Best-selling SF author Richard K. Morgan moves from SF to fantasy with his new novel The Steel Remains, a book that grew out of his enthusiasm for old-school sword and sorcery.
"I grew up reading guys like [Michael] Moorcock, Karl Edward Wagner and Poul Anderson, and I'd always thought it would be fun to have a crack at something in that line," Morgan said in an interview.
But rather than simply write in that same tradition, Morgan thought it would be interesting to mix a noirish sensibility into the genre. And by noir, he's not just talking about dark and gritty: He's talking about the full array of "protagonist self-loathing, corrupt social systems and hidden agendas, enemies more internal than external, guilt, betrayal and lack of clean resolution," he said.
The novel follows the adventures of Ringil Eskiath, aka Ringil Angeleyes or the Hero of Gallows Gap—a burnt-out warrior aristocrat fallen on unjustly hard times. But if that sounds at all like a standard-issue sword-and-sorcery character, think again: Ringil Angeleyes is gay.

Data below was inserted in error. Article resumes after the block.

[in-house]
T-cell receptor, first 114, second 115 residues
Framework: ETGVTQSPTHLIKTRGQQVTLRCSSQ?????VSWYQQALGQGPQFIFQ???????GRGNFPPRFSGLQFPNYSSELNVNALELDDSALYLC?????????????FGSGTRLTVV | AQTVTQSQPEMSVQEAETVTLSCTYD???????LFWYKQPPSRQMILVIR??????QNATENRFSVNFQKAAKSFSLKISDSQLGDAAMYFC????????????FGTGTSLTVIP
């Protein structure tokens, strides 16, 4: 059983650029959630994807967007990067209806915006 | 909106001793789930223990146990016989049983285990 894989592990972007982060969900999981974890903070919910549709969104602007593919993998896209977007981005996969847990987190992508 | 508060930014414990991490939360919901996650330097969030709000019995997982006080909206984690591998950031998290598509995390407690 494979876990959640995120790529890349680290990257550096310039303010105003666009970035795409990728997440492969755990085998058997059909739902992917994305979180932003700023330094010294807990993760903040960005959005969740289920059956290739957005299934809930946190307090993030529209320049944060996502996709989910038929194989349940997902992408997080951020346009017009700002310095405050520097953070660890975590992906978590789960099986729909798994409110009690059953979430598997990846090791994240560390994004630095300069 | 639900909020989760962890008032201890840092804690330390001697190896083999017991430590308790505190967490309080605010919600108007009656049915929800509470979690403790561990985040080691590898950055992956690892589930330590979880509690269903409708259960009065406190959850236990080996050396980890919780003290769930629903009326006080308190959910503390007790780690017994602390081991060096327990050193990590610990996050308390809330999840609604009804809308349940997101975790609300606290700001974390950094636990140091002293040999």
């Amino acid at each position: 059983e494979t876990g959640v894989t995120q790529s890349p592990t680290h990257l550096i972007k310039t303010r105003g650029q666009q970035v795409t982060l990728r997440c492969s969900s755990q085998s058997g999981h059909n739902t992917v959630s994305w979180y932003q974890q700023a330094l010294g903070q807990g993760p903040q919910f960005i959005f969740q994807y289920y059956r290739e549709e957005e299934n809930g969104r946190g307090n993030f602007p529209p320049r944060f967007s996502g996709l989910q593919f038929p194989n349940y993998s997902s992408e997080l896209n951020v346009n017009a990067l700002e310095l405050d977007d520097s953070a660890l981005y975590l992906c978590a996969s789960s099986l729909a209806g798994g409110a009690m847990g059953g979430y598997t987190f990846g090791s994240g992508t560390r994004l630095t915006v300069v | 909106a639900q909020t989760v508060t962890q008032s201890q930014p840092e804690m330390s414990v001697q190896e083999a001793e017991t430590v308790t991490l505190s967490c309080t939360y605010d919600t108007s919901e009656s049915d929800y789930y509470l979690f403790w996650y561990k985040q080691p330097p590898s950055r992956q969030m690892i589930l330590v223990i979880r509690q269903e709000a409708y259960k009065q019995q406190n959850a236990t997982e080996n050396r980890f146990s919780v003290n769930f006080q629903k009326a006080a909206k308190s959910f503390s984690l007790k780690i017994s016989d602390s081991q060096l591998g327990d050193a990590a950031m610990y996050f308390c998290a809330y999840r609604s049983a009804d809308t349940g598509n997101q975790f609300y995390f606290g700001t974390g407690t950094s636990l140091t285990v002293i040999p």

"He grew up a scion of a noble family in the north, escaped the suffocating strictures of his upbringing by embracing his sexuality and pursuing it in the shady underworld corners of society, where it could—for the right price—be allowed free rein," Morgan said. "He was subsequently punished in a particularly horrible way for his transgressions and deeply marked for the rest of his life."
After fighting in a war with the Scaled Folk, Ringil grows weary of soldiering and goes off to hide in a small village in the mountains near the site of one of his famous victories. "Here, at least, his 'degenerate' sexual impulses are tolerated, since, A, he did save the place from destruction in the war, and, B, he's known to be pretty f--king hard and very fast with a blade, so you wouldn't want to piss him off," Morgan said. "And here he can earn a living of sorts from telling embellished versions of his exploits in the local tavern. It's not quite the life he was used to in the bosom of his ancestral home, but since his ancestral family largely despise him for what he unrepentantly is, he's prepared to make the trade and stick with his self-imposed exile."